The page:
New Methodist President takes office - and calls for a 'self-confident' and 'self-critical' Church

Rev Christina Le Moignan has taken office as the new Presidentof the Methodist Conference - the most senior position in theMethodist Church in Britain.

After being inducted as President during the opening of theMethodist Conference 2001, Christina Le Moignan gave her keynotespeech to more than 360 Conference Representatives as well as otherguests gathered at the Corn Exchange at Ipswich Town Hall.

She made an appeal to Britain's Methodists to be part of a more'self-confident' and 'self-critical' Church. She spoke of theChurch as being radically different from its neighbours in the waythat it thinks of its health and well being. For the Church, deathor loss is not a disaster. But natural ends, within the providenceof God, are often caught up in new beginnings elsewhere.

As a result, the Church "can be more up front about thepossibility of ceasing to exist at some time in the foreseeablefuture as a separate denomination - and having named thepossibility, be freer to concentrate on living in the present. Youcan name the fact of decline more openly, but not regard it as ameasure of your spiritual health".

Christina went on to suggest that notions of sacrifice andself-denial are considered by society as "outmoded, if notpositively disreputable. This you have to resist". She offered acritique of an affluent society which put up with economicdeprivation and "suffering caused by other people's pursuit ofself-fulfillment".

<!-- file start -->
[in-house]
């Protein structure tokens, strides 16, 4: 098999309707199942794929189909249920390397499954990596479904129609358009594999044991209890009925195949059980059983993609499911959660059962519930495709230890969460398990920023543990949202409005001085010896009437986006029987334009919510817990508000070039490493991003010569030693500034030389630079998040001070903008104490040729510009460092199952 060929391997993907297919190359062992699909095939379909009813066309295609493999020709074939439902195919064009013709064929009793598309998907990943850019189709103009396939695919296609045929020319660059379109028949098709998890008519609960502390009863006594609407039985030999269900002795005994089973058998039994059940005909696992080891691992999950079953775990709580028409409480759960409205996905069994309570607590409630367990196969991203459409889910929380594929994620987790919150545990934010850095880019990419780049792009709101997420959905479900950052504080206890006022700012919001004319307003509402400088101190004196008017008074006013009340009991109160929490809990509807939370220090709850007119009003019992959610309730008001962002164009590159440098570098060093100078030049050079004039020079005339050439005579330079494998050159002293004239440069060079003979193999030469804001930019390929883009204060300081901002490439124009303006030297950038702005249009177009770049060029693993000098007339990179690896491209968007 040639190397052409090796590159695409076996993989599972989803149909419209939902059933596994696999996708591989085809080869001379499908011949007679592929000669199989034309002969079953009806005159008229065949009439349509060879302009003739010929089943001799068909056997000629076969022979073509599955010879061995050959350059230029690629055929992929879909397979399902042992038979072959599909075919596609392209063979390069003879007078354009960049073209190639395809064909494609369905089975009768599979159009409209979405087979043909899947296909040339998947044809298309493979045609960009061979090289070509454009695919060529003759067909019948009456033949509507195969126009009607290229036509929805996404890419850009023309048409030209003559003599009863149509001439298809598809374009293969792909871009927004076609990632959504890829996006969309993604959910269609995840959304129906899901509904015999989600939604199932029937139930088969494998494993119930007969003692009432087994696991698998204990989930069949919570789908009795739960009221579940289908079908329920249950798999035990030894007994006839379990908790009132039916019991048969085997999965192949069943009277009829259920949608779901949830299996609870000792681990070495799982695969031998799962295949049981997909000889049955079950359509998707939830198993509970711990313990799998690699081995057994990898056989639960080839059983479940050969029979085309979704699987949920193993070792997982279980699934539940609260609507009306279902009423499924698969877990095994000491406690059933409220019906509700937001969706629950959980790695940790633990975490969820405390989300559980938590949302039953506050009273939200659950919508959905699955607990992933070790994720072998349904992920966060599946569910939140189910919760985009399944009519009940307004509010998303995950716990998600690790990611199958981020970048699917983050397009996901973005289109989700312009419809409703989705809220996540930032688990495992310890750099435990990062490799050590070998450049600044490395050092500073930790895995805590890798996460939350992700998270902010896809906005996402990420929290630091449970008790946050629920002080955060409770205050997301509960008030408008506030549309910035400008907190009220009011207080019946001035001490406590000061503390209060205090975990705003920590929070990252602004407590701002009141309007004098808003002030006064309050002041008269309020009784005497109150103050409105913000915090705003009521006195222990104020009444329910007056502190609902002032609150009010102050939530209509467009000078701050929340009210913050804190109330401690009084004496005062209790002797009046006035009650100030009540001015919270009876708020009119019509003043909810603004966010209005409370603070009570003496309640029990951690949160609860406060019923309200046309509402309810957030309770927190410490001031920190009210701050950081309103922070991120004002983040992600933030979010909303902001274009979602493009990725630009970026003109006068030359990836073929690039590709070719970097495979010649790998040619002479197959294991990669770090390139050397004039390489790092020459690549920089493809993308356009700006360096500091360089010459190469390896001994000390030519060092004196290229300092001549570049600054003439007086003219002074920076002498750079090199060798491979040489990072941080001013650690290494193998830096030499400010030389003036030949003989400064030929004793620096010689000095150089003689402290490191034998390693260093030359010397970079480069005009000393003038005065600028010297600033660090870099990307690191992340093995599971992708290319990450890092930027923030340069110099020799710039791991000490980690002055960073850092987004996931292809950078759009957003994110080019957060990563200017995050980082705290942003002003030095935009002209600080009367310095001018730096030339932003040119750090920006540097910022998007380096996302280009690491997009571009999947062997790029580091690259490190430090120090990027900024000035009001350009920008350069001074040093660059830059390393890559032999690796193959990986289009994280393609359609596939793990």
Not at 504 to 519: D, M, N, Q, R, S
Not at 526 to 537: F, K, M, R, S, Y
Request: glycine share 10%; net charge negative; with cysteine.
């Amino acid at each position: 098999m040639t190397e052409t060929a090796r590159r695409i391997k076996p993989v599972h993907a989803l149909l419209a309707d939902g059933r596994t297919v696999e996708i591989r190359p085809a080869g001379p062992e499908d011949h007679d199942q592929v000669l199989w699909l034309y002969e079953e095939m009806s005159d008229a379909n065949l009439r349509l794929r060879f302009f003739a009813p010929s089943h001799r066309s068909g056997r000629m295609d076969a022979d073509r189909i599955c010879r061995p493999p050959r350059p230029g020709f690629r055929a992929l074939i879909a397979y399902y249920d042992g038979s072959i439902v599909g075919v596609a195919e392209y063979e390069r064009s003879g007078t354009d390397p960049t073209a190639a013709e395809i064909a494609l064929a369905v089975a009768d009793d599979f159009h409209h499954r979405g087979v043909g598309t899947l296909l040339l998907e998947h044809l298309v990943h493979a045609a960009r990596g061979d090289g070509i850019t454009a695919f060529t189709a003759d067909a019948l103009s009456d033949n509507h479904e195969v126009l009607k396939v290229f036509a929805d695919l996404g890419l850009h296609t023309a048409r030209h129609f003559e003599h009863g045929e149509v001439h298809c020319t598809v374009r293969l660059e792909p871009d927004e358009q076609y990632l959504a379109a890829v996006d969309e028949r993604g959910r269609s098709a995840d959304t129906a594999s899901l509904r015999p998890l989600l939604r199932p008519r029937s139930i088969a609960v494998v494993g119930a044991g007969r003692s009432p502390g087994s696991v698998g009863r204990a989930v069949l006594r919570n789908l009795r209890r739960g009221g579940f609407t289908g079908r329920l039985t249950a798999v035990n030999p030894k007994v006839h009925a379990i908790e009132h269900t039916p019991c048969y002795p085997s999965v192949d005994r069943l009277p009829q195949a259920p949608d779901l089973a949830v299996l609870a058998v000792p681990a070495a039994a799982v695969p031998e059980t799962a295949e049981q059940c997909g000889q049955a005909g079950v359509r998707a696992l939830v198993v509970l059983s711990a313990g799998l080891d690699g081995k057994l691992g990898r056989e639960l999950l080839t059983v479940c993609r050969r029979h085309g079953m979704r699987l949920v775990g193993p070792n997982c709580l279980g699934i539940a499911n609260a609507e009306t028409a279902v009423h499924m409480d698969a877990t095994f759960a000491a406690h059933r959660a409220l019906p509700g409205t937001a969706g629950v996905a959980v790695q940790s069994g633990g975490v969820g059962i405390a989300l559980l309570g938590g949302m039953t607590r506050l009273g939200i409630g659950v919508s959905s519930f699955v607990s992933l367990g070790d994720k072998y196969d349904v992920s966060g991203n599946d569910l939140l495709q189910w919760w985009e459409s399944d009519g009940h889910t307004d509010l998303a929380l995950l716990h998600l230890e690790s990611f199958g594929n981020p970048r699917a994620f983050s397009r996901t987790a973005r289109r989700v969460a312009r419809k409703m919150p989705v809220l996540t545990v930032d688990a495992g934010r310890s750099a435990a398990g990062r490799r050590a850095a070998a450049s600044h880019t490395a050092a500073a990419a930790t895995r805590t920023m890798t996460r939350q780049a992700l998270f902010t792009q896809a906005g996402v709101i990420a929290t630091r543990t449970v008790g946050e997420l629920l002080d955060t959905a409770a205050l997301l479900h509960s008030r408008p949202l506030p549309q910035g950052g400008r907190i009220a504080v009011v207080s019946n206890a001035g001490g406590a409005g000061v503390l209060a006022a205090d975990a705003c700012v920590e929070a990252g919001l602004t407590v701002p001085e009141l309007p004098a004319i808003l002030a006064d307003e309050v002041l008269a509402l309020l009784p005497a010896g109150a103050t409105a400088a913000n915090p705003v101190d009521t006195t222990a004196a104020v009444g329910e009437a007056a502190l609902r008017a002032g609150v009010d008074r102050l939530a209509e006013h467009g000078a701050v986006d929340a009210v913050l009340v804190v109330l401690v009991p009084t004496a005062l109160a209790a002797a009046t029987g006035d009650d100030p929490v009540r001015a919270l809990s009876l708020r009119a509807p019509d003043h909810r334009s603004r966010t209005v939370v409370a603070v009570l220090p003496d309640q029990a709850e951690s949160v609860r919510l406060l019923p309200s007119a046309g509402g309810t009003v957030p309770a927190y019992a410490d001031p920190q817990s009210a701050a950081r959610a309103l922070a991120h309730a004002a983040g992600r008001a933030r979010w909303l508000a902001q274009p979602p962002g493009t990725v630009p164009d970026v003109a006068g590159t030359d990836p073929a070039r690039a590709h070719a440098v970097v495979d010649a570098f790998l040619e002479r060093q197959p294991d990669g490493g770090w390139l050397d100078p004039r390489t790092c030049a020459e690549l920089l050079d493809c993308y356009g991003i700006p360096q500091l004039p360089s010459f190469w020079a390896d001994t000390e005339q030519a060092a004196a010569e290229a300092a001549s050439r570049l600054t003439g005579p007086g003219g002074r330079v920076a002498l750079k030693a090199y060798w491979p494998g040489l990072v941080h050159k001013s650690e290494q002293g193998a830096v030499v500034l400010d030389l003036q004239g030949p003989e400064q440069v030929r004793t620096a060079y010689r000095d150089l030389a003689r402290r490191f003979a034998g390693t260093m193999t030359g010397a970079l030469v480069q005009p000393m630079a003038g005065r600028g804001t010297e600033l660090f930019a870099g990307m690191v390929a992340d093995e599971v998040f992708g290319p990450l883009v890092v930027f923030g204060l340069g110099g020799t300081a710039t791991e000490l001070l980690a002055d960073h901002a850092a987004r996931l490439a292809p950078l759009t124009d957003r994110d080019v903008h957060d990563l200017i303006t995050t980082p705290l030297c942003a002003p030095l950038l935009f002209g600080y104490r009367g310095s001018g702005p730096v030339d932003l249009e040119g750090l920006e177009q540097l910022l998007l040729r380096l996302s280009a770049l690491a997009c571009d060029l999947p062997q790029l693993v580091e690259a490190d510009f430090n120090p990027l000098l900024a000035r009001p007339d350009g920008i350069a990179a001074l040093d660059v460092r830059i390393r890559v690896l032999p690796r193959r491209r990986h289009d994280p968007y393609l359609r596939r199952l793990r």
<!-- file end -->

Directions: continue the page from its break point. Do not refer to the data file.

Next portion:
Because of its different standards, Methodism has much to offera needy society: "Your societyneeds to overcome its fear ofdeath, which cripples many lives, and it needs to recovera sense of the importance and value of people independent ofstatus. Your society needs to recover a sense ofthe unimportance of money, when the relentless pursuit of itleaves the winners less than happy and inflicts huge damage on thelosers. Your society needs a community that believes inforgiveness, for what other way is there in the end to come toterms with injury?"

"Blame and claim no doubt has some satisfaction in it, but itdoesn't heal much. Your society needsa community whichbelieves in long-term investment in people, long-term loving withno immediate returns on the balance sheet; for people are notquickly fixed."

The Methodist Conference 2001 takes place at Ipswich Town Hallfrom 23-29 June.